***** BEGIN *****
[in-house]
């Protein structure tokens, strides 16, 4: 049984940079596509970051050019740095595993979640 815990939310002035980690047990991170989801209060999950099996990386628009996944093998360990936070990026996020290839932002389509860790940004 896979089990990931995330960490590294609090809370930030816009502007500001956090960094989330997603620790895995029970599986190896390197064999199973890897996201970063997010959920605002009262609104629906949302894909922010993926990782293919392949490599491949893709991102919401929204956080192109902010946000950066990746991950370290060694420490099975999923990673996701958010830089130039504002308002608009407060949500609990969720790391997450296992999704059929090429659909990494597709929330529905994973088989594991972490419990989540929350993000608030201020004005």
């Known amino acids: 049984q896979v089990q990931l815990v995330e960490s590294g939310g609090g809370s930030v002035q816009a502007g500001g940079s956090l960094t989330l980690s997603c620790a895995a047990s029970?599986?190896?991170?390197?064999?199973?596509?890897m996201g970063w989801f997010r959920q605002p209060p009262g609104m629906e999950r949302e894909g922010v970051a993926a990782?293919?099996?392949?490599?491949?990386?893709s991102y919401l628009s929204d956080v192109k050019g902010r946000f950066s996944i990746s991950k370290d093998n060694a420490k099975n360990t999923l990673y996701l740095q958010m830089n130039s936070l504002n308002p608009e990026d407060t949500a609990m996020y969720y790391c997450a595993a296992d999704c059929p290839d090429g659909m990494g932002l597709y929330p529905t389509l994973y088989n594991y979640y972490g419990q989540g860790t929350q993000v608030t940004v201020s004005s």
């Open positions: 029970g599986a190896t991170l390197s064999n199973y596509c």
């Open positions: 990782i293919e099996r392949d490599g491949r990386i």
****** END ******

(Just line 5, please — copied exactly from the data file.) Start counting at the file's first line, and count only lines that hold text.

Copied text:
């Open positions: 990782i293919e099996r392949d490599g491949r990386i």